Exploring the ‘True Value’ of Replacement Rate Fertility
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The concept of ‘replacement rate fertility’ [RRF] is widely known and referred to regularly in the popular, policy and academic literature. Sometimes presented as a ‘target’ or an ‘ideal’ fertility rate, it is usually specified as being a period total fertility rate [TFR] of ‘around 2.1’. This paper has two goals—firstly to explore the extent to which global contemporary RRF is, indeed, ‘around 2.1’; and secondly to evaluate this status a ‘target’ for national and international policymakers. We find that, in the first instance, global RRF is not 2.1; but the UN projection model suggests it will converge to this in the future. Skewed sex ratios at birth and high levels of maternal and adult mortality mean that RRF was significantly greater than 2.1 in the past, and is still the case for many countries today. We suggest that the real value of understanding and determining the value of TFR in any given territory is an indicator of human development. Rather than the popular notion of a ‘target’ TFR of ‘around 2.1’ as being an arbitrary (and ill-defined) aim for territorial population replacement, governments should aim to achieve a RRF of around 2.1, which indicated negligible mortality and a biologically normal sex ratio at birth.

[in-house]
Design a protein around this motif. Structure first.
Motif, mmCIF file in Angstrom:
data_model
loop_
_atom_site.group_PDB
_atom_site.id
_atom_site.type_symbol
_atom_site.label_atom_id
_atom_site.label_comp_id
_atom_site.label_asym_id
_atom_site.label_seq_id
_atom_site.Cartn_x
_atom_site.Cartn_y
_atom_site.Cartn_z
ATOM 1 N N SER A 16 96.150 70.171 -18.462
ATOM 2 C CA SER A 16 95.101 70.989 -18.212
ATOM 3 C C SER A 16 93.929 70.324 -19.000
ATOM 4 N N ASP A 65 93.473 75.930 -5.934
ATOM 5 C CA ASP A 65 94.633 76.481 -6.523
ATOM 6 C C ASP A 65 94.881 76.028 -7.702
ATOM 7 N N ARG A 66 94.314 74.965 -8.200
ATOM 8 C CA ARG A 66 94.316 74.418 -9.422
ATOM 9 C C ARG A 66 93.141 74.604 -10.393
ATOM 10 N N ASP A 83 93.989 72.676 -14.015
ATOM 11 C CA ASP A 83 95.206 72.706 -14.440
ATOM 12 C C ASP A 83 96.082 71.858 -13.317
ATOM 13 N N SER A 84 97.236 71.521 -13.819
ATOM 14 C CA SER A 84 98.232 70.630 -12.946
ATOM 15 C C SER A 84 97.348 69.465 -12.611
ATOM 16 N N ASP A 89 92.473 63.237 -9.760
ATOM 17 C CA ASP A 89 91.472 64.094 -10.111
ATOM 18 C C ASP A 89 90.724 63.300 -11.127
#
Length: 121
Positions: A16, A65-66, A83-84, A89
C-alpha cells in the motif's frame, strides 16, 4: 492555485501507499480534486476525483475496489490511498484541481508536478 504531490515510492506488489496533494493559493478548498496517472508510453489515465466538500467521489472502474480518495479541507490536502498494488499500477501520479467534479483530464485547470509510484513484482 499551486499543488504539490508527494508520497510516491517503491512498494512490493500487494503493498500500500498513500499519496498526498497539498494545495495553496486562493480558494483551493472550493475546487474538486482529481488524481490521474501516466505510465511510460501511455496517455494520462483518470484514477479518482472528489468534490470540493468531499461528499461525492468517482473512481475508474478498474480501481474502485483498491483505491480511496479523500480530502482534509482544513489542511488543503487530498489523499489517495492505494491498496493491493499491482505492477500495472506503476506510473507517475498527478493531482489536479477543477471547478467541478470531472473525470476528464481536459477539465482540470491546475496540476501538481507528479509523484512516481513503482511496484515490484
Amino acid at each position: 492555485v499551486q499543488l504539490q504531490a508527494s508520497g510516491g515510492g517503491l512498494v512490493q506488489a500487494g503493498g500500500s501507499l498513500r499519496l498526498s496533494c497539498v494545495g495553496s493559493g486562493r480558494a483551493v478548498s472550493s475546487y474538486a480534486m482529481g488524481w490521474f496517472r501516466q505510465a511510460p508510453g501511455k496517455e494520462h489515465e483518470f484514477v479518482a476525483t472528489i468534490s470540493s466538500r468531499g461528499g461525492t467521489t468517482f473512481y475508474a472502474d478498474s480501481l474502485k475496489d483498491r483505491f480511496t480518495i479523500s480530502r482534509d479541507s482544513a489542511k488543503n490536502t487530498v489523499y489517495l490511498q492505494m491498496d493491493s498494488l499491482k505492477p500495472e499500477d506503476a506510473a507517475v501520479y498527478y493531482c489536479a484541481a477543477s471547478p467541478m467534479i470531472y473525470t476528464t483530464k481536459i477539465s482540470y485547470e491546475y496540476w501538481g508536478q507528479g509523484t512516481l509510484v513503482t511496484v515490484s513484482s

KeywordsReplacement rate Fertility Mortality Inequality Sex ratio Human development Population growth
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